Multilevel and Marginal Modeling

Multilevel Modeling is designed to provide graduate students with a practical, applied approach to the clustered and/or longitudinal data. Students will learn how to differentiate and appropriately select the best statistical methods for use in various research designs and analytical problems. This includes Multilevel Modeling (MLM), which also goes by such names as Heiarchical Linear Modeling (HLM) and Mixed Effects Regression (MER), Generalized Multilevel Modeling (GzMLM), and Generalized Estimating Equations (GEE).


Mastery of the material covered in this course will enable students to develop the skills necessary to conduct well-planned behavioral and educational research involving clustered or longitudinal designs, and thoughtful statistical analyses of the resulting data. Knowledge gained in this course will build upon concepts learned in prior research methodology and data analysis courses. Students will learn how to differentiate and appropriately select the best statistical methods for use in various clustered or longitudinal research designs.

As the theoretical is secondary to the applied approach to data analysis in this course, students will learn how to:

  1. Use the R statistical programming environment (via the R Studio IDE) to analyze clustered and longitudinal data and

  2. Interpret and communicate the results of their analyses (including creating reproducible research reports with R Markdown).

This course will only emphasize methods for manifest or observed, rather than latent or unobserved, variables.

Successful completion of EDUC/PSY 7610 or an equivalent course in single level multiple linear regression is required.


This is a lecture and applied skills course and students will be expected to demonstrate their learning via classroom participation, written assignments, and a presentation. Much of the basic material will be presented in readings (textbook and supplements) and pre-recorded lectures which students will view prior to class. The purpose of class time (on Zoom) is to elaborate on interesting or difficult material presented in the text, conduct skill-building exercises and demonstrations, and to provide a forum for class discussions in more of a lab fashion. We will frequently use a hands-on approach in class, working through analyses together via computer software.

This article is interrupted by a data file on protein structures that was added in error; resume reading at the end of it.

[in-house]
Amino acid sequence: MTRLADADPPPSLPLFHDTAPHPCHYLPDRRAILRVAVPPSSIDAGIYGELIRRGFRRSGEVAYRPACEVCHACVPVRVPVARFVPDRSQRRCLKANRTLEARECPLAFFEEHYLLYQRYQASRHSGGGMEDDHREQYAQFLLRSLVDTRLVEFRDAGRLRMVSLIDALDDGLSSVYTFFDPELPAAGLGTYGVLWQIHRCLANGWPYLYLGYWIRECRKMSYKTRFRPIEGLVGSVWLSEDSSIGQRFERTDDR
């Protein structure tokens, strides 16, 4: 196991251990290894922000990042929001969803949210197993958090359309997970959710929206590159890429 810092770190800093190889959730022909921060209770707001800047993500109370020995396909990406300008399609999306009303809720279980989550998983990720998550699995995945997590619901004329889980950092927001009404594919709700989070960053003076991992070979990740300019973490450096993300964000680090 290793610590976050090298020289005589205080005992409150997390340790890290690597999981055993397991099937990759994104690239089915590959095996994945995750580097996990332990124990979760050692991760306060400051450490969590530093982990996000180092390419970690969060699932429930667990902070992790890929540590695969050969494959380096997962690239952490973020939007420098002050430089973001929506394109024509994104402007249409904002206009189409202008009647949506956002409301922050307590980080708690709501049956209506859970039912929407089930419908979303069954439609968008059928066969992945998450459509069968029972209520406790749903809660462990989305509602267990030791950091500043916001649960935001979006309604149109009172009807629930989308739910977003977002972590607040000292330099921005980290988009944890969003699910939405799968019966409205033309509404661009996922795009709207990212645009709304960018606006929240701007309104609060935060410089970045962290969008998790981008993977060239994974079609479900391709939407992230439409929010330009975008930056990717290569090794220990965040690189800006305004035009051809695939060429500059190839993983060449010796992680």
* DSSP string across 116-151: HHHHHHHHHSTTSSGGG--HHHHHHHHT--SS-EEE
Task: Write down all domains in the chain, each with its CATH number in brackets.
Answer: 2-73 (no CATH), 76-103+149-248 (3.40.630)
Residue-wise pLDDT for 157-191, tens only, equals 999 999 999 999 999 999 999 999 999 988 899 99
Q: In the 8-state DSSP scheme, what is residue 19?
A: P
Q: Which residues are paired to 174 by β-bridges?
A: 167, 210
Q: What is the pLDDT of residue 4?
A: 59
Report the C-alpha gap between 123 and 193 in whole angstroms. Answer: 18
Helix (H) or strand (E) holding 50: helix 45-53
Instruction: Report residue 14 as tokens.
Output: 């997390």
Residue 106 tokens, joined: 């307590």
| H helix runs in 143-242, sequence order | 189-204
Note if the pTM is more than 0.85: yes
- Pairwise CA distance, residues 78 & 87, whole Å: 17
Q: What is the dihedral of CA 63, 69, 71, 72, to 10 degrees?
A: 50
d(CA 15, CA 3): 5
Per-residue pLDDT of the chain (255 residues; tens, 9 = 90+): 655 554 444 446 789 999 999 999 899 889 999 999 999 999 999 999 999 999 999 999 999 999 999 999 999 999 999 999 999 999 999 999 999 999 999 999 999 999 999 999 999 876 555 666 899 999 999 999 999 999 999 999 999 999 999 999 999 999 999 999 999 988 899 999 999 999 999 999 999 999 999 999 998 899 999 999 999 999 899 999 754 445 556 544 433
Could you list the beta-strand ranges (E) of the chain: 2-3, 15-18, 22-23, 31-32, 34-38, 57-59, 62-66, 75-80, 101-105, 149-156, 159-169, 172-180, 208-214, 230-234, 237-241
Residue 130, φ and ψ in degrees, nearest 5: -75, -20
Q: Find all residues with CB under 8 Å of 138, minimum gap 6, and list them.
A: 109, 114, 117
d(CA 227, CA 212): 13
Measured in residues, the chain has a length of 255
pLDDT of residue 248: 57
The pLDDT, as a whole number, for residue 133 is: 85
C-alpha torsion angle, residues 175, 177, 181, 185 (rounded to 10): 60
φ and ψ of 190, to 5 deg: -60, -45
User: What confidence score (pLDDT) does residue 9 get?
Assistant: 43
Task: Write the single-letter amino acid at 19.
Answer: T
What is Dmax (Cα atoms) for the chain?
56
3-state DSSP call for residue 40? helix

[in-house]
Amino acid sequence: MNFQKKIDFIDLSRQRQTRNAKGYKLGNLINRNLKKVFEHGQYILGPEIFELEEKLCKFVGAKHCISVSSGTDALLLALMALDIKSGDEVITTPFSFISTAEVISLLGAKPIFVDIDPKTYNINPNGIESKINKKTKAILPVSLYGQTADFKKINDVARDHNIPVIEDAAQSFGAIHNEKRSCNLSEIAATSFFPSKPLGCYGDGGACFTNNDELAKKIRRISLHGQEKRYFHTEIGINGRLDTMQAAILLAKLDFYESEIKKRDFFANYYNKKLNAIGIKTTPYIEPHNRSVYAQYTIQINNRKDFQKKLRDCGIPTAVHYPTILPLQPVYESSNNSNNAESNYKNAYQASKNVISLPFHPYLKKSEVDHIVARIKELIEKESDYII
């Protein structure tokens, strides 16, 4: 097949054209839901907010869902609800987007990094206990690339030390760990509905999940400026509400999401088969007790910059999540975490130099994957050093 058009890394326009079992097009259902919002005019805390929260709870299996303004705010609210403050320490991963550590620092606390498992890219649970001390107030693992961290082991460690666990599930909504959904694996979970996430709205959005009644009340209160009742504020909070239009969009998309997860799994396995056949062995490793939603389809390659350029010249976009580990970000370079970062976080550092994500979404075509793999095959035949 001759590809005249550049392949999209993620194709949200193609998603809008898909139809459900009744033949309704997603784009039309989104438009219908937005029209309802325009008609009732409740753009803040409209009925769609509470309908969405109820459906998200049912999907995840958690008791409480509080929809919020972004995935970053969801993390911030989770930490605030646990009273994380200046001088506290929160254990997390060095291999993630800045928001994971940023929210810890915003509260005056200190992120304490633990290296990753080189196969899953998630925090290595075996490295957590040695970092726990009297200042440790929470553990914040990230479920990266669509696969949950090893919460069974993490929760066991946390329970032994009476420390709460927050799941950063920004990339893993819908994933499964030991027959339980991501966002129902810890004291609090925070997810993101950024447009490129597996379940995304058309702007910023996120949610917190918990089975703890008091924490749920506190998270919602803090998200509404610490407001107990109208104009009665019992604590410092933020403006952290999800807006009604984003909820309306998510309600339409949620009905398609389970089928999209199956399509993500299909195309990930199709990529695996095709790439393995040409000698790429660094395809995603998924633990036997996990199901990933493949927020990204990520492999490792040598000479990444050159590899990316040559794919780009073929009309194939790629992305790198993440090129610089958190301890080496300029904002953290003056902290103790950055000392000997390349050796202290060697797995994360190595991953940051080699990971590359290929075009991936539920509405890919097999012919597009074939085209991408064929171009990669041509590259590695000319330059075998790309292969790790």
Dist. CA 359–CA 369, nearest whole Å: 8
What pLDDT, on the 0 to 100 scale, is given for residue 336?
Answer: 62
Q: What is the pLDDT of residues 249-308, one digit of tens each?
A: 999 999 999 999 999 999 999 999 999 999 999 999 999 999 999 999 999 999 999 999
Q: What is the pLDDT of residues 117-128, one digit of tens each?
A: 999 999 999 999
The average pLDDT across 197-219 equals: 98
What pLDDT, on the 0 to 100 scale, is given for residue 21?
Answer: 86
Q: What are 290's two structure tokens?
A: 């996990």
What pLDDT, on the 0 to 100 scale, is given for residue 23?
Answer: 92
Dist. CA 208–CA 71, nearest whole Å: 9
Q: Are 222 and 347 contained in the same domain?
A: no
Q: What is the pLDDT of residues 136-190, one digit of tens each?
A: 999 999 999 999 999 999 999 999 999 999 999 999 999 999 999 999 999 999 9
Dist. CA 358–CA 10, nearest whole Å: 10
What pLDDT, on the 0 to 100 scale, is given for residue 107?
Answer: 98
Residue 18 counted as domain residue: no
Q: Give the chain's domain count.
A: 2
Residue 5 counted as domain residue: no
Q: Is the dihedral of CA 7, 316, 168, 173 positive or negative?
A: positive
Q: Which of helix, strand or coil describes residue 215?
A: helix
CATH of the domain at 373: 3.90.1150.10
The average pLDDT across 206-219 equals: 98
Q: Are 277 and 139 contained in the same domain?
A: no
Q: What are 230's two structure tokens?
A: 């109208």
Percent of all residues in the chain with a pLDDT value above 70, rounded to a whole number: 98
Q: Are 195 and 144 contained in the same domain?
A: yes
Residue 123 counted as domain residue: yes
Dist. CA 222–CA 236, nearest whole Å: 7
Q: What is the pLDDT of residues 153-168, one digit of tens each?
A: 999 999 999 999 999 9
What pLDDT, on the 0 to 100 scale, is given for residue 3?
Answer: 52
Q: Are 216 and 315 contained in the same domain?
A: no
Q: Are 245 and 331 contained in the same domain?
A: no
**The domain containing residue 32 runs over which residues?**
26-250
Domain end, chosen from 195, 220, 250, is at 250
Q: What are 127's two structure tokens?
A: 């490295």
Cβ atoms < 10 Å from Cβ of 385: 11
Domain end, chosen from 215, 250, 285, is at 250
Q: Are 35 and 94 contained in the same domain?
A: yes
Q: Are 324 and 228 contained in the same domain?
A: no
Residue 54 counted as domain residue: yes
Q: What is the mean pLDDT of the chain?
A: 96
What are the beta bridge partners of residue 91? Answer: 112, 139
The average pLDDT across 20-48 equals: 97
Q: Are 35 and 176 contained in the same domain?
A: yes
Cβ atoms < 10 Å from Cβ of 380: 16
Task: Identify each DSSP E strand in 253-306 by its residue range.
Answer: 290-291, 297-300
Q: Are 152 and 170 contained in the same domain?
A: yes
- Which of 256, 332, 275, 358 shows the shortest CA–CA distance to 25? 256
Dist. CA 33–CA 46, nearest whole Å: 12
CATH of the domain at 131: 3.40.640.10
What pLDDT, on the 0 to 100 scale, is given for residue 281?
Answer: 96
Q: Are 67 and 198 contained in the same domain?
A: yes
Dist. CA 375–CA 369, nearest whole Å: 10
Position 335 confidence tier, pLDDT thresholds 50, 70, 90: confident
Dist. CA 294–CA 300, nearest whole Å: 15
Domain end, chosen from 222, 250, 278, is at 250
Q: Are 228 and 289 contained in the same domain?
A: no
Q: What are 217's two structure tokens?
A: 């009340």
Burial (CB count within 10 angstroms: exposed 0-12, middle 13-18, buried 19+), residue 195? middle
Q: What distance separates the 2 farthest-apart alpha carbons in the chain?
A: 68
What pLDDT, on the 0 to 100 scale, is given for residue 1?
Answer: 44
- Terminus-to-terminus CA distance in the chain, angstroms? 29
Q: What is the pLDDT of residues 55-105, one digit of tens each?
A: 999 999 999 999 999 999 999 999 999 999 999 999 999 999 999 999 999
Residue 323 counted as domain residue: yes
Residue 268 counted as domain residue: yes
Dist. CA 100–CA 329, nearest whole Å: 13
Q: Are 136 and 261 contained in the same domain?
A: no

1. Multilevel Analysis: Techniques and Applications, 3rd edition (2018), by Joop J. Hox, Mirjam Moerbeek, and Rens van de Schoot
  1. Publication Manual of the APA: The Official Guide to APA Style, 7th edition (2020)

EXAMPLES: Encyclopedia for Quantitative Methods in R

YOUTUBE: Sarah Schawrtz Stats LINK



  1. Methodological issues in the design of clustered and longitudinal studies
    • A. Characterize different types of sampling and how they determine analysis type and interpretation
    • B. Evaluate sample size and power in longitudinal designs
    • C. Understand the effect of attrition/missing data on results
    • D. Know what is meant by clustering and how clustered differ from non-clustered analyses
    • E. Differentiate between long and short data formats
  2. Generalized linear models: Logistic, Poisson, and multinomial regression (GLM)
    • A. Understand the mathematical fundamentals
    • B. Know how to properly conduct analyses using R
    • C. Competently interpret results
  3. Mixed-effects or multi-level longitudinal models (MLM, HLM, ect.)
    • A. In the context of these methods, define and know how to specify:
        1. Fixed effects
        1. Random effects
        1. Variance components
        1. Time-varying covariates
        1. Time-invariant covariates
        1. Polynomial covariates
        1. Dummy variables
        1. Level 1, 2, etc. in multilevel models
    • B. Learn how to use/program R to conduct clustered or longitudinal analyses
    • C. Interpret output from statistical software in terms of change over time, group differences, individual differences, and change over time as a function of both group or individual differences
  4. Generalized estimating equations (GEE, marginal models)
    • A. Differentiate between population averaged and subject-specific models
    • B. Conduct analyses with R
    • C. Know how to interpret results at the population-averaged or individual level
  5. Competency in use of statistical software (e.g., R and R Studio)
    • A. Data manipulation
    • B. Data analysis
    • C. Interpreting output
    • D. Graphics
    • E. R Markdown Reports (Knit to html, pdf, and word)
  6. Develop skills in reporting of statistical results (APA format)
    • A. Master the basics of communicating results of clustered or longitudinal research
    • B. Learn how to create tables and figures for presentations